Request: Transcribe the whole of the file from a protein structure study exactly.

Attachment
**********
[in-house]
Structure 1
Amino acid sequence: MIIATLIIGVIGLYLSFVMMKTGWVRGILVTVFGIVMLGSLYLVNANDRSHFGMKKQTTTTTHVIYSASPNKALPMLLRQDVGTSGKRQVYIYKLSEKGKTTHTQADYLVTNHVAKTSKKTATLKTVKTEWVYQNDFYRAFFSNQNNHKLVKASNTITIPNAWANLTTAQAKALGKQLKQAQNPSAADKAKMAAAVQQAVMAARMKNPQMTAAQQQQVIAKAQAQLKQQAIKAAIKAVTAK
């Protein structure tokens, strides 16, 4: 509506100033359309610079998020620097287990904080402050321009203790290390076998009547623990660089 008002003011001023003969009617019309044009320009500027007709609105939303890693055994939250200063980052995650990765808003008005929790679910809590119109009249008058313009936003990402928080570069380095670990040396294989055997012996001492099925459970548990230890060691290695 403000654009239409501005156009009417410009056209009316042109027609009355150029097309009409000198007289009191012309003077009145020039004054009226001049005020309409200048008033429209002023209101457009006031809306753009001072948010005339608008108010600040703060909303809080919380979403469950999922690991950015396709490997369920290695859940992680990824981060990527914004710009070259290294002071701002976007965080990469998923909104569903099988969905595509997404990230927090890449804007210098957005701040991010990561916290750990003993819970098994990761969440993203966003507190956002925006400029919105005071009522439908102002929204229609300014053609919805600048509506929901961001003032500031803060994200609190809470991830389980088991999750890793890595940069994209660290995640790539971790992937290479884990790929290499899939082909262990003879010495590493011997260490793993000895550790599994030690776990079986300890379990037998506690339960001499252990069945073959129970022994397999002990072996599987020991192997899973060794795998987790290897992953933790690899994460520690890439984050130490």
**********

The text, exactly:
[in-house]
Structure 1
Amino acid sequence: MIIATLIIGVIGLYLSFVMMKTGWVRGILVTVFGIVMLGSLYLVNANDRSHFGMKKQTTTTTHVIYSASPNKALPMLLRQDVGTSGKRQVYIYKLSEKGKTTHTQADYLVTNHVAKTSKKTATLKTVKTEWVYQNDFYRAFFSNQNNHKLVKASNTITIPNAWANLTTAQAKALGKQLKQAQNPSAADKAKMAAAVQQAVMAARMKNPQMTAAQQQQVIAKAQAQLKQQAIKAAIKAVTAK
């Protein structure tokens, strides 16, 4: 509506100033359309610079998020620097287990904080402050321009203790290390076998009547623990660089 008002003011001023003969009617019309044009320009500027007709609105939303890693055994939250200063980052995650990765808003008005929790679910809590119109009249008058313009936003990402928080570069380095670990040396294989055997012996001492099925459970548990230890060691290695 403000654009239409501005156009009417410009056209009316042109027609009355150029097309009409000198007289009191012309003077009145020039004054009226001049005020309409200048008033429209002023209101457009006031809306753009001072948010005339608008108010600040703060909303809080919380979403469950999922690991950015396709490997369920290695859940992680990824981060990527914004710009070259290294002071701002976007965080990469998923909104569903099988969905595509997404990230927090890449804007210098957005701040991010990561916290750990003993819970098994990761969440993203966003507190956002925006400029919105005071009522439908102002929204229609300014053609919805600048509506929901961001003032500031803060994200609190809470991830389980088991999750890793890595940069994209660290995640790539971790992937290479884990790929290499899939082909262990003879010495590493011997260490793993000895550790599994030690776990079986300890379990037998506690339960001499252990069945073959129970022994397999002990072996599987020991192997899973060794795998987790290897992953933790690899994460520690890439984050130490």